We live in an increasingly interconnected world of both citizens and public infrastructures with a growing associated risk of cyber-attacks. Robust protection is no longer just an option. Today, cyber-risk is one of the major concerns sitting at the top of the international agenda of any government, as hacker’s attacks or security breaches have the potential to jeopardize the global economy.
The proliferation of cyber-attacks unleashes severe damage to companies, governments and individuals worldwide. Consequently, organisations are prompted to quickly adopt cybersecurity countermeasures.
In most cases, businesses are far from prepared enough to face a cyber-attack. A recent study shows how two thirds of UK’s firms had received no proper training to deal with this possibility. Cyber professionals pointed out both internal and external issues that could seriously hamper their ability to safeguard their organisations. The vast majority surveyed (54%) report they do not have sufficient tools to face such a threat. 55% of the interviews were unable to react with sufficient promptness to limit the fallouts of an incident and 79% reported that their companies can’t get access to vital insights enabling them to prioritize their reaction to an attack. Ultimately, just one out of five seems to be confident with how their company is able to cope with a security breach.
The consequences of cyber crime
Cyber-crime can be easily split into two different categories: data security breaches and sabotage. The first is mainly aimed at obtaining valuable personal data, intellectual property or information closely related to prices, bids or mergers. The latter regards conventional attempts to tear systems and infrastructure apart.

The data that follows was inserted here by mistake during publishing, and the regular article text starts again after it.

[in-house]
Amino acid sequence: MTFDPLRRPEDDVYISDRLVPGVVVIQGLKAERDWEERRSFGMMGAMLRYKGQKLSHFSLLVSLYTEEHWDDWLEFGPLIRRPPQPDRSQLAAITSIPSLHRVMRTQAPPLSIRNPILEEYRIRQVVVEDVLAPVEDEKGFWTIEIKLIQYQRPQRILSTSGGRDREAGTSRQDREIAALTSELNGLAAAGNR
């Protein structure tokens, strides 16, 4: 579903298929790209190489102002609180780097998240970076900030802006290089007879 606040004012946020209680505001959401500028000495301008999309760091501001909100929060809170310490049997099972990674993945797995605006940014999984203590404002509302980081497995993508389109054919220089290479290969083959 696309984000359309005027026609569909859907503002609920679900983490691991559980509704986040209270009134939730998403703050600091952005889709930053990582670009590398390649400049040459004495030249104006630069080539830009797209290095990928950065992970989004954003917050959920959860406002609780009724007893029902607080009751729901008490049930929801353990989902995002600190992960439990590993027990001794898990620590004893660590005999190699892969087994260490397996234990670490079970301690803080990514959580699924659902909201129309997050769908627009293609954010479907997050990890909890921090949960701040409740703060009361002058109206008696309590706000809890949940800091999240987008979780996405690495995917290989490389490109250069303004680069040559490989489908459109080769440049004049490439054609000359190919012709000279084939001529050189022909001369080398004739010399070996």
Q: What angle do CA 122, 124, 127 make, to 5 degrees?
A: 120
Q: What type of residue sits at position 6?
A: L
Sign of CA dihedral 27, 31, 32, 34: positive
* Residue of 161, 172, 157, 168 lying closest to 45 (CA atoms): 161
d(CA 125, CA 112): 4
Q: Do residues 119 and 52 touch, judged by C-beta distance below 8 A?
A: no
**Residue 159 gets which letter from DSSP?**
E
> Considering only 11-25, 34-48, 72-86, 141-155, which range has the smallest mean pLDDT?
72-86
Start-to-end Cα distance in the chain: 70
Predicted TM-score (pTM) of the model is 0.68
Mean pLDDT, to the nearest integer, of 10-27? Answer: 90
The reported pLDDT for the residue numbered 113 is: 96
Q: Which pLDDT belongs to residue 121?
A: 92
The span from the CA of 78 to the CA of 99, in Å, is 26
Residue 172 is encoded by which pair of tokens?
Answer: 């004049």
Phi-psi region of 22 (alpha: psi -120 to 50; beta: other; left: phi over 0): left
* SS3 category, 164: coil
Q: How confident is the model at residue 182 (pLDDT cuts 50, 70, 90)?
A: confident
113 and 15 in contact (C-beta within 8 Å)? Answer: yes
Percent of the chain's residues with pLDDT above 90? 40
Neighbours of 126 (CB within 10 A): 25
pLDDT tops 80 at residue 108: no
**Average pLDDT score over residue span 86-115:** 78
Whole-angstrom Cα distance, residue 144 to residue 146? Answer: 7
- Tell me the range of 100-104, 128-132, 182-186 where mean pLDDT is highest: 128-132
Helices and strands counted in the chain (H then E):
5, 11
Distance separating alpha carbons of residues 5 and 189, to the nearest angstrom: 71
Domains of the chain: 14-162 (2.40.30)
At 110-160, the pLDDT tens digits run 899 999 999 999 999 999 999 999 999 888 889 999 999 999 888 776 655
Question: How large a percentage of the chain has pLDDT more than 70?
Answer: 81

Commercial losses are not the only damages that an organization faces following a cyber-attack. It may also face multiple dangers such as:
• Breach of contractual obligations
• Regulatory actions
• Negligence claims
• Brand damages
In this respect, it has to be noted that most violations end up unreported. This is hardly surprising, given the ensuing loss of credibility and the probable risk of legal action being brought against those that admit to being subject of cyber-crime.
Cyber risk and legal aspects
Governments are prompting organisations to take more responsibility for cybersecurity and privacy crimes. In this context, the EU is implementing the GDPR (General Data Protection Regulation) with the aim of harmonizing current legislation on data protection. The new framework will oblige organisations to report any data breach both to authorities and the individuals affected. Failure to comply with the new regulations could potentially lead to fines of up to 5% of the global turnover of the organization involved.
Cyber security issues are definitely on the rise. Computer networks have always been a main target for criminals and it’s likely that the number of cyber breaches will rise over the long term, as these networks grow bigger. Nevertheless, there are some effective precautions that organisations can put into practice to protect themselves.
The key-role of Cyberwatching.eu
The role of Cyberwatching.eu is to contribute in making the Online & Digital Market a safer place, by promoting the uptake of innovative cybersecurity and privacy services from R&I activities all over Europe. Here SMEs will have full access to a marketplace with an updated catalogue of services to further improve their safety in this respect.